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Thread: Propagating Drosera regia

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    Moderator Joseph Clemens's Avatar
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    Here is a couple of photos to illustrate my Drosera regia propagation process:

    Stage one: starting plantlets from root segments.


    Stage two: growing the plantlets into fully rooted and established individuals. After establishing their own root system they are then traded or potted into individual pots. You may notice that there is a film of water on the media surface. After the first stage most are kept in undrained containers with the water level maintained near or just above the media surface.




    Joseph Clemens
    Tucson, Arizona, U S A

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    Why does that work so well? Isn't that *ss backwards to use undrained containers for most non-Utric cp? I can't argue with the success, but make it make sense for me, man!
    Oh, and it looks like you do not cover the root cuttings at all with sphagnum. Is that true?

    Joe

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    Moderator Joseph Clemens's Avatar
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    I had been trying the conventional methods of "well drained" and kept losing them. I'm sure that in nature they may very well be "well drained" most of the time, but nature will surely give them some time where they are not "well drained". So I did too. . . and surprise, they seem to like that even better, or at least this clone does.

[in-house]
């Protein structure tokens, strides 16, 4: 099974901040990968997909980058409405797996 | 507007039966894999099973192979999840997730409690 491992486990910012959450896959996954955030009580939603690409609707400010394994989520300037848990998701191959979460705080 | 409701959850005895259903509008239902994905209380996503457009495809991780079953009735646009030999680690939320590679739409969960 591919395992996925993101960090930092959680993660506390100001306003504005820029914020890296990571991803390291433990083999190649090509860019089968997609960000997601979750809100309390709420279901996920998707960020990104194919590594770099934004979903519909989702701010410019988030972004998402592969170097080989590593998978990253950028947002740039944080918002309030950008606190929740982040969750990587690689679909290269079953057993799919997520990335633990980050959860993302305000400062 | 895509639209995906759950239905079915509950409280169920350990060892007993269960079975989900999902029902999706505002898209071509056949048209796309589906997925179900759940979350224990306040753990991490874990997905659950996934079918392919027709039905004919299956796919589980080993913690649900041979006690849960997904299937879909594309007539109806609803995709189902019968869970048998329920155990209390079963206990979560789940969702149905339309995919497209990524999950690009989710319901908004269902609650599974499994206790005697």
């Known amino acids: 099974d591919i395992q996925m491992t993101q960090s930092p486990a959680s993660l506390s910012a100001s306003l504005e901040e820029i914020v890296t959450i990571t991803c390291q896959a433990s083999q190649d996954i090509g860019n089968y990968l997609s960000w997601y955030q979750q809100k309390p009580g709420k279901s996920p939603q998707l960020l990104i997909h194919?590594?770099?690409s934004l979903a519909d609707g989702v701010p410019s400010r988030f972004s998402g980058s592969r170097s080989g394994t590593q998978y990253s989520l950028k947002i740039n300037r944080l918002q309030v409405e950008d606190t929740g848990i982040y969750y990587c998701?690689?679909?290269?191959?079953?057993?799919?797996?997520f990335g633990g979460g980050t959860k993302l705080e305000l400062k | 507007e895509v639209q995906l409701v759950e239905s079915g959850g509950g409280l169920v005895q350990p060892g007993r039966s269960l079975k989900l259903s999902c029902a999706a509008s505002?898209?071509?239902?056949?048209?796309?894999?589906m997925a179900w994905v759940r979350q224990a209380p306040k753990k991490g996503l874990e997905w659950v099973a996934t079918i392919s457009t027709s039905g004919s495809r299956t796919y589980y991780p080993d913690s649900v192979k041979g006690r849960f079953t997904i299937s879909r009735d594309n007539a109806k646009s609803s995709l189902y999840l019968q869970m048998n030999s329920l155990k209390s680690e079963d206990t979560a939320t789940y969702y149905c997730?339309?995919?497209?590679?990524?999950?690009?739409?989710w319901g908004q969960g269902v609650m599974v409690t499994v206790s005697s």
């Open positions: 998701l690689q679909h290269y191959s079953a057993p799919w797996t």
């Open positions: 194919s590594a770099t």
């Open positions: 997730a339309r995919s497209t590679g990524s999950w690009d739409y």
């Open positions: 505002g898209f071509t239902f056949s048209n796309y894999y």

When initially starting root cuttings, stage one; I prepare one of these poly containers with a single layer of moist to wet LFS and place 1/2 inch (1.25cm) root pieces on the surface being careful to give them the most contact with the LFS that I can without covering them. I then firmly secure the cover, and have recently taken to setting them on top of the fluorescent fixtures adjacent to the warmth of the ballast. This seems to accelerate the start of plantlets.



    When I plant them out into stage two; I prepare a poly container with a 1/2 inch (1.5cm) layer of coarse pumice, then a single strand layer of LFS to cover the pumice and reduce media infiltration to the bottom pumice layer. Next I fill the remainder of the container to the top with a 1:1 mixture of peat : pumice and firm it down gently. Next I use a small stainless steel spatula to open a channel in one corner down to the bottom pumice layer, I then fill this with pumice (used later to add water without disturbing the media or plants). After this I add water until the contents are like mud. This makes it easiest to add the plants from stage one. A small dab of rooting hormone powder applied with a toothpick to the junction of plantlet/mother root segment just prior to inserting in the stage two tray accelerates the plantlet forming its own root system and increases the rate of success. These techniques have made it possible for me to turn one plant into several hundred and to share them with many people.




    Joseph Clemens
    Tucson, Arizona, U S A

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    dashman's Avatar